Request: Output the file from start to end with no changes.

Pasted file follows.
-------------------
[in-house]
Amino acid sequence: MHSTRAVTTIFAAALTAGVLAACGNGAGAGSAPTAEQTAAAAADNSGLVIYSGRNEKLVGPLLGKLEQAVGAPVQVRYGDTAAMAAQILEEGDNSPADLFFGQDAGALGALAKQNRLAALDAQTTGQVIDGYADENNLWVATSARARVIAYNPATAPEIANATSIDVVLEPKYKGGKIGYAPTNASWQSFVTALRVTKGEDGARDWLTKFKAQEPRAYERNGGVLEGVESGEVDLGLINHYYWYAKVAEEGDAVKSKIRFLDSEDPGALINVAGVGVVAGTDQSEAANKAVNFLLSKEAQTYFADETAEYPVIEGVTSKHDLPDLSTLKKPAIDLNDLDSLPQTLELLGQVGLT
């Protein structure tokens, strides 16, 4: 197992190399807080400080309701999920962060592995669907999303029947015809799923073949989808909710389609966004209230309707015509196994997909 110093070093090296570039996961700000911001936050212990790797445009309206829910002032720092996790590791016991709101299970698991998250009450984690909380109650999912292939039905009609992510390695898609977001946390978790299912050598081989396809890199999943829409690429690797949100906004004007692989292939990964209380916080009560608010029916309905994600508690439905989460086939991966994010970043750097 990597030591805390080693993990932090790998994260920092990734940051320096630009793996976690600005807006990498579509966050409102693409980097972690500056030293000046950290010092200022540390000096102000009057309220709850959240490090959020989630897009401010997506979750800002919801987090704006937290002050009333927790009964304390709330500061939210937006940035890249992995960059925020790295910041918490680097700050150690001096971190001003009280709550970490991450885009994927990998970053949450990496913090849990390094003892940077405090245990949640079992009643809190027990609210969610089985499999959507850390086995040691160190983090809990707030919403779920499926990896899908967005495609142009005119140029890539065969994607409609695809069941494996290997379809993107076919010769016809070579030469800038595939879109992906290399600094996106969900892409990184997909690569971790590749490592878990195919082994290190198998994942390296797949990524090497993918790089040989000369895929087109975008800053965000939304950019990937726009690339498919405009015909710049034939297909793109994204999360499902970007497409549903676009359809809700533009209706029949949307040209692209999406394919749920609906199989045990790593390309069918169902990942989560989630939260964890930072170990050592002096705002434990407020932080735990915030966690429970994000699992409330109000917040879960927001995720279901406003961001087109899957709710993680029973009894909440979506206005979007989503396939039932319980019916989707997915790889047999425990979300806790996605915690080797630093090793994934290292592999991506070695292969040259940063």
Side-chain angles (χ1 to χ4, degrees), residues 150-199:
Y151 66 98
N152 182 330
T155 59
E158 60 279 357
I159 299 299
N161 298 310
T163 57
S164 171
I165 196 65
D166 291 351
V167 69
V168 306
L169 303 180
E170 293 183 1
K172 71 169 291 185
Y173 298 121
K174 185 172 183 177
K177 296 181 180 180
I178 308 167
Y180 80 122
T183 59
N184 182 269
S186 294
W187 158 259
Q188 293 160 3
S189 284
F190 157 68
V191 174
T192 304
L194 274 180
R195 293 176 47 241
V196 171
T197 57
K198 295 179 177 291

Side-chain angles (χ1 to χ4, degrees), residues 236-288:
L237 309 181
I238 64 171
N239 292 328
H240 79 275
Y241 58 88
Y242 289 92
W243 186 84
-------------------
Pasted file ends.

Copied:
[in-house]
Amino acid sequence: MHSTRAVTTIFAAALTAGVLAACGNGAGAGSAPTAEQTAAAAADNSGLVIYSGRNEKLVGPLLGKLEQAVGAPVQVRYGDTAAMAAQILEEGDNSPADLFFGQDAGALGALAKQNRLAALDAQTTGQVIDGYADENNLWVATSARARVIAYNPATAPEIANATSIDVVLEPKYKGGKIGYAPTNASWQSFVTALRVTKGEDGARDWLTKFKAQEPRAYERNGGVLEGVESGEVDLGLINHYYWYAKVAEEGDAVKSKIRFLDSEDPGALINVAGVGVVAGTDQSEAANKAVNFLLSKEAQTYFADETAEYPVIEGVTSKHDLPDLSTLKKPAIDLNDLDSLPQTLELLGQVGLT
């Protein structure tokens, strides 16, 4: 197992190399807080400080309701999920962060592995669907999303029947015809799923073949989808909710389609966004209230309707015509196994997909 110093070093090296570039996961700000911001936050212990790797445009309206829910002032720092996790590791016991709101299970698991998250009450984690909380109650999912292939039905009609992510390695898609977001946390978790299912050598081989396809890199999943829409690429690797949100906004004007692989292939990964209380916080009560608010029916309905994600508690439905989460086939991966994010970043750097 990597030591805390080693993990932090790998994260920092990734940051320096630009793996976690600005807006990498579509966050409102693409980097972690500056030293000046950290010092200022540390000096102000009057309220709850959240490090959020989630897009401010997506979750800002919801987090704006937290002050009333927790009964304390709330500061939210937006940035890249992995960059925020790295910041918490680097700050150690001096971190001003009280709550970490991450885009994927990998970053949450990496913090849990390094003892940077405090245990949640079992009643809190027990609210969610089985499999959507850390086995040691160190983090809990707030919403779920499926990896899908967005495609142009005119140029890539065969994607409609695809069941494996290997379809993107076919010769016809070579030469800038595939879109992906290399600094996106969900892409990184997909690569971790590749490592878990195919082994290190198998994942390296797949990524090497993918790089040989000369895929087109975008800053965000939304950019990937726009690339498919405009015909710049034939297909793109994204999360499902970007497409549903676009359809809700533009209706029949949307040209692209999406394919749920609906199989045990790593390309069918169902990942989560989630939260964890930072170990050592002096705002434990407020932080735990915030966690429970994000699992409330109000917040879960927001995720279901406003961001087109899957709710993680029973009894909440979506206005979007989503396939039932319980019916989707997915790889047999425990979300806790996605915690080797630093090793994934290292592999991506070695292969040259940063």
Side-chain angles (χ1 to χ4, degrees), residues 150-199:
Y151 66 98
N152 182 330
T155 59
E158 60 279 357
I159 299 299
N161 298 310
T163 57
S164 171
I165 196 65
D166 291 351
V167 69
V168 306
L169 303 180
E170 293 183 1
K172 71 169 291 185
Y173 298 121
K174 185 172 183 177
K177 296 181 180 180
I178 308 167
Y180 80 122
T183 59
N184 182 269
S186 294
W187 158 259
Q188 293 160 3
S189 284
F190 157 68
V191 174
T192 304
L194 274 180
R195 293 176 47 241
V196 171
T197 57
K198 295 179 177 291

Side-chain angles (χ1 to χ4, degrees), residues 236-288:
L237 309 181
I238 64 171
N239 292 328
H240 79 275
Y241 58 88
Y242 289 92
W243 186 84